If you think this is copying the rival pub company Mitchell & Butlers (itself operating under the name of a long-vanished brewery) and its up-market Nicholsons pub chain, tsk – you’re as cynical as me. Clive Briscoe, Punch Pub Co’s marketing director, insists: “This is not a rebranding exercise but an opportunity to badge together a whole range of iconic London pubs.” But among the basketful of ironies in this is that one of the pubs that will bear the revived Taylor Walker name is the Anchor at Bankside, Southwark, which was once the brewery tap of Taylor Walker’s great porter-brewing rival, Barclay Perkins. (Another irony is that Punch, even though it owns many former Taylor Walker pubs, has had to licence the Taylor Walker name off Carlsberg, which acquired Allied’s brewing business, and all its beer brands, in the 1990s.)

Naturally, Punch’s PR company has screwed up the history, claiming in the announcement of the revival that “the Taylor Walker name dates back to 1730”. No it doesn’t: the concern never became Taylor Walker until 1816. But the history of Taylor Walker as recorded pretty much everywhere is full of errors: you’ll see it stated, for example, that the brewery “moved to Fore Street, Limehouse” and then “moved to Church Row, Limehouse”, when in fact it stayed exactly where it was, expanding from a small 18th century brewhouse to eventually cover more than seven acres, which abutted Fore Street (now part of Narrow Street) on one side and Church Row (now Newell Street) on another.

Let’s take a history of Taylor Walker you might cobble together in 10 minutes from various internet sources and see how much is actually true:

Continue reading Taylor Walker, the brewery name that just won’t die

So what WAS the first purpose-built lager brewery in the UK?

It’s a comment on the public perception of beardy beer buffs that people who know I like pongy ale* frequently look surprised when they discover that I drink lager too. My response, of course, is that there’s plenty of great beer not brewed to traditional British criteria, that often a cold one from the fridge is exactly what I need, and anyway, there is a growing number of British brewers committed to brewing top-quality lager.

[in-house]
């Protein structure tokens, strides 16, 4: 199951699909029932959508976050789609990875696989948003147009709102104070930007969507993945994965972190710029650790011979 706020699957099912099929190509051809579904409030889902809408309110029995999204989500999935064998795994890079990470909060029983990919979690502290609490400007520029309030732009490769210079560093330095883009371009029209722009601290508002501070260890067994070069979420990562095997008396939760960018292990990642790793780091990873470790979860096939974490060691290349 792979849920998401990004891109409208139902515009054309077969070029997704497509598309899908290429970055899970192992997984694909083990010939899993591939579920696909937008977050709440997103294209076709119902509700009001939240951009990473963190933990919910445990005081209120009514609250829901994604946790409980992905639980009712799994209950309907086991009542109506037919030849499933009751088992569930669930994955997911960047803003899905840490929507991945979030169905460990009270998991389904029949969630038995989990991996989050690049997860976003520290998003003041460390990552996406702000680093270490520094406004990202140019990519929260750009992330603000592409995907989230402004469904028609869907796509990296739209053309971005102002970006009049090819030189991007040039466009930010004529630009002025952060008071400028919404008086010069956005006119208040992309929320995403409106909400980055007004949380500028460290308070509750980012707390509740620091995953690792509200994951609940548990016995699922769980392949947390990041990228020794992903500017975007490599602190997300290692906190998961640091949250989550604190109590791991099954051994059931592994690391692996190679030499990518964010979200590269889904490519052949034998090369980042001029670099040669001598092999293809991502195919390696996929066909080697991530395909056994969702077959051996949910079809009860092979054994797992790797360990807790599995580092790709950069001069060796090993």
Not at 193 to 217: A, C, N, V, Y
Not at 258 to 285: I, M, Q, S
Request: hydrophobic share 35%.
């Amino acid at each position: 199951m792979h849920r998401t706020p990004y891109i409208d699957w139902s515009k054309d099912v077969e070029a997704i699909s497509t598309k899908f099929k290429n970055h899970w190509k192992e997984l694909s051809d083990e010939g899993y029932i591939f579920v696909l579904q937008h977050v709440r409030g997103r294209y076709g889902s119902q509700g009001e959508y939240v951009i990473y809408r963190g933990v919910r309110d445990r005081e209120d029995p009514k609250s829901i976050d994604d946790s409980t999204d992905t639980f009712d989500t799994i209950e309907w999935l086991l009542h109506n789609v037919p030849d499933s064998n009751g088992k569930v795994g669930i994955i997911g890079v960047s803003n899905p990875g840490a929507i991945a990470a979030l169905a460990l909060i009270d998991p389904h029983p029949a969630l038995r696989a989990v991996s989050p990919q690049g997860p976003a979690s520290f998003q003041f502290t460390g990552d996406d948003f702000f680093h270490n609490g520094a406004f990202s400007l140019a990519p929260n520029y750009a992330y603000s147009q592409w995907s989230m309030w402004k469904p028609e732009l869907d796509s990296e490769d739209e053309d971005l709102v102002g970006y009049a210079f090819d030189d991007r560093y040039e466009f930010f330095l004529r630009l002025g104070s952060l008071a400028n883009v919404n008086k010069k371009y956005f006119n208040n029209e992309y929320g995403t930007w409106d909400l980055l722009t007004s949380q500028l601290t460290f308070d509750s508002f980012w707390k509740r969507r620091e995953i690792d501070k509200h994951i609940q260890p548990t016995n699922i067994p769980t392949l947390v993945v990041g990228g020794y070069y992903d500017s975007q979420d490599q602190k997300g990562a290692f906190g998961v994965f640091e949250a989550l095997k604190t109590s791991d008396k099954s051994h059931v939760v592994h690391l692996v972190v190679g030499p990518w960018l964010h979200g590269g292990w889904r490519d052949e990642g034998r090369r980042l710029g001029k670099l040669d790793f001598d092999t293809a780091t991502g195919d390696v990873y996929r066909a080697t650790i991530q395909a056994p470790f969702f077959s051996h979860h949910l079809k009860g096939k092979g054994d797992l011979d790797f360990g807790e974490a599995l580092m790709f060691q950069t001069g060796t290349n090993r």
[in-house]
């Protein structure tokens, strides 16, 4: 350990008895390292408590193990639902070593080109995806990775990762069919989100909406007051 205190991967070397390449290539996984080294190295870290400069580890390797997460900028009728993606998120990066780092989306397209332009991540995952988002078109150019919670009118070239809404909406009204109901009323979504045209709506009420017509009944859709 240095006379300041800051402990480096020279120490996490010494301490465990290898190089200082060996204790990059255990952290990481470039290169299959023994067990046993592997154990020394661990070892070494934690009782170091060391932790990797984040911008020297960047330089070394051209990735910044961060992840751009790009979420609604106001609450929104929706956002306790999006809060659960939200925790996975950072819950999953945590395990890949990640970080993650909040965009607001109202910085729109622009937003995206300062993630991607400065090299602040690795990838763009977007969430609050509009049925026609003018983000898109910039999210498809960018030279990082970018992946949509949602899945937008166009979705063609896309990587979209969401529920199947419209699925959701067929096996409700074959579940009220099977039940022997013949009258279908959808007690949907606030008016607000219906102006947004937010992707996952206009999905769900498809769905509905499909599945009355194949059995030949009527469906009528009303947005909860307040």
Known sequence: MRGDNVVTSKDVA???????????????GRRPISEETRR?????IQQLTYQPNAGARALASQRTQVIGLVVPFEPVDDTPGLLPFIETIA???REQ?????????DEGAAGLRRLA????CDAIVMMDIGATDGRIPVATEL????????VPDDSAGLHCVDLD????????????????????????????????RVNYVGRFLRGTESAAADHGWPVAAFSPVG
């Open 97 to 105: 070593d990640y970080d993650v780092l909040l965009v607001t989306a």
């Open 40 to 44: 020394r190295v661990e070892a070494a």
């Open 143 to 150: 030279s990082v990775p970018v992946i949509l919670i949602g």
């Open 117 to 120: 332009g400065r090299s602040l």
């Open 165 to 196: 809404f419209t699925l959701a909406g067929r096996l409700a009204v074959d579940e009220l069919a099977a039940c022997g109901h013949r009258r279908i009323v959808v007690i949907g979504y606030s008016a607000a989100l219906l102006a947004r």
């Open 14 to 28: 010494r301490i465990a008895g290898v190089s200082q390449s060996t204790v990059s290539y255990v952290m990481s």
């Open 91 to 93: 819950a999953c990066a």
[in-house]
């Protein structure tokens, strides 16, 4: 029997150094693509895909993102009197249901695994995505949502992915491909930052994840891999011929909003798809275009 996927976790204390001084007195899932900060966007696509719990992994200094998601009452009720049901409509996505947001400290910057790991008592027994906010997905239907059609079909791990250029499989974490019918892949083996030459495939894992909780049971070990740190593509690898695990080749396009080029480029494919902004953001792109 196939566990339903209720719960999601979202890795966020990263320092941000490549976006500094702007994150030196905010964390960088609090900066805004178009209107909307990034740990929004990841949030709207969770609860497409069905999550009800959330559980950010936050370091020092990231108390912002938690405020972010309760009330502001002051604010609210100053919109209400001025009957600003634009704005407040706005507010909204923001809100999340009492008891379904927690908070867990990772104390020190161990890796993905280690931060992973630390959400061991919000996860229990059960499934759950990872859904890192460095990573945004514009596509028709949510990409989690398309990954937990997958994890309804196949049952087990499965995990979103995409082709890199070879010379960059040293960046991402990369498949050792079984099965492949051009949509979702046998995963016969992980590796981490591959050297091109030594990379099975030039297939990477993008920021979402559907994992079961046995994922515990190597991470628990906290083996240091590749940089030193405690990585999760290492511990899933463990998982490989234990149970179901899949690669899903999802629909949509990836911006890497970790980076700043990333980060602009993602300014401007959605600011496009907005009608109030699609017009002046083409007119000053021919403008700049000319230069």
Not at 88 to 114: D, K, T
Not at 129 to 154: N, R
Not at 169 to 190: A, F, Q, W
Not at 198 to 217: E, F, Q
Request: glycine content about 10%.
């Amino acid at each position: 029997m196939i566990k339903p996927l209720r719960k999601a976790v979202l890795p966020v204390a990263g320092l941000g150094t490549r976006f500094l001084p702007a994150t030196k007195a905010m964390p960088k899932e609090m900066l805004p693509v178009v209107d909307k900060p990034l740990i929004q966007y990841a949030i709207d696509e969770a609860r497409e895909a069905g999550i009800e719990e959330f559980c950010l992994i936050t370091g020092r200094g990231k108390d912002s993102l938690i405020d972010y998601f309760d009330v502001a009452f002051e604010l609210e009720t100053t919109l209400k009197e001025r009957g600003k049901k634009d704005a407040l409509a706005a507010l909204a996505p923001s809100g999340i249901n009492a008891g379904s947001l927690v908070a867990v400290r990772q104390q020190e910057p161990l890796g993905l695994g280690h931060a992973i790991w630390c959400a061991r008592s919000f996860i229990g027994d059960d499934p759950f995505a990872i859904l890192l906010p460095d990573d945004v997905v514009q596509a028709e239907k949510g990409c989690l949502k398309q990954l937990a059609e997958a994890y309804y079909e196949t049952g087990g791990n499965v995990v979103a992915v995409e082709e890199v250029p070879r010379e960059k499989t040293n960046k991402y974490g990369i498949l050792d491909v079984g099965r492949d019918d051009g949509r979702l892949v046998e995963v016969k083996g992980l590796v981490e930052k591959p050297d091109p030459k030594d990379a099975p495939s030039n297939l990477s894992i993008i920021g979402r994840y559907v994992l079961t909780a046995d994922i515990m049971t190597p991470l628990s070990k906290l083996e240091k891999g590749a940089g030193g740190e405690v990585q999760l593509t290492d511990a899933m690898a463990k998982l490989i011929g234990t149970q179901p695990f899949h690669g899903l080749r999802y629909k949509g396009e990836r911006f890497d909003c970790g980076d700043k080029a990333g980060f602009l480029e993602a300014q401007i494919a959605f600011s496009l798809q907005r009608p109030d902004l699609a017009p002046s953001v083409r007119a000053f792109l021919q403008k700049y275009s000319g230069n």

So hurrah, there’s now a group dedicated to pushing the message that British-brewed lager isn’t all Stella and Carling, they’re called Lager of the British Isles (LOBI – can’t decide if that’s creakingly bad or rather clever) and their website is here. You can also join them on Facebook, here. Maybe if LOBI lobbies hard enough, fewer people will drop their beerglasses like bystanders in a Bateman cartoon when they see the one the beer buff is holding has a lager in it.

But whoops, the “historical inaccuracy” alarms have gone off: LOBI’s Facebook page claims that “Britain has a long heritage of brewing fine lagers, with the country’s first lager brewery, the Anglo-Bavarian Brewery, open in 1864.” WRONG. A little investigation shows that LOBI has based this claim on, yes, bleedin’ Wikipedia, which has an article on the Anglo-Bavarian showing its usual mixture of inaccuracies, misunderstandings and historical assumptionism. However, one of the reasons I started this blog was to put proper historical details up on the web, and try to counter the mountain of misinformation available to anyone with a PC and an internet connection. So let’s state the facts: the Anglo-Bavarian brewery, despite its name, never brewed lager and it wasn’t Britain’s first lager brewery. And it wasn’t opened in 1864, either.

Continue reading So what WAS the first purpose-built lager brewery in the UK?

Mercer’s Meat Stout

Here’s a top contender for “vanished beers I wish I’d tasted” – Meat Stout. A mixture of serendipity and synchronicity led me to discover Mercer’s Meat Stout this week, a brew I’d never previously heard of. Serendipity (the art of finding something valuable while looking for some other thing entirely) because I was actually searching for pictures of Ena Sharples in the Rovers Return to illustrate a comment I was making at Alan McLeod’s blog about Imperial Milk Stout. Synchronicity (the occurrence in a short space of time of two random but apparently connected events) because I had been reading just a day or so earlier about the attempt by Stuart Howe of Sharp’s Brewery in Cornwall to brew Offal Ale, containing liver, kidney and heart. (Incidentally, Stuart’s “Real Brewing at the Sharp End” is one of the best brewer’s blogs around: sharp, indeed.)


Revenir, literally, à nos moutons (or similar livestock): Mercer’s was a small brewery in Lower Adlington, near Chorley in Lancashire, that apparently grew out of an own-brew pub called the Plough. Its best-known brand, evidently, was a bottled product called Meat Stout, a “nourishing stout brewed with the addition of specially prepared meat extract – highly recommended for invalids”. When Mercer’s was taken over by Dutton’s of the Salford brewery in Blackburn in 1929, Meat Stout was popular enough for Dutton’s to continue making it under Mercer’s name: the Plough Brewery only closed in 1936, so for seven years, presumably, Meat Stout was still coming out of Adlington.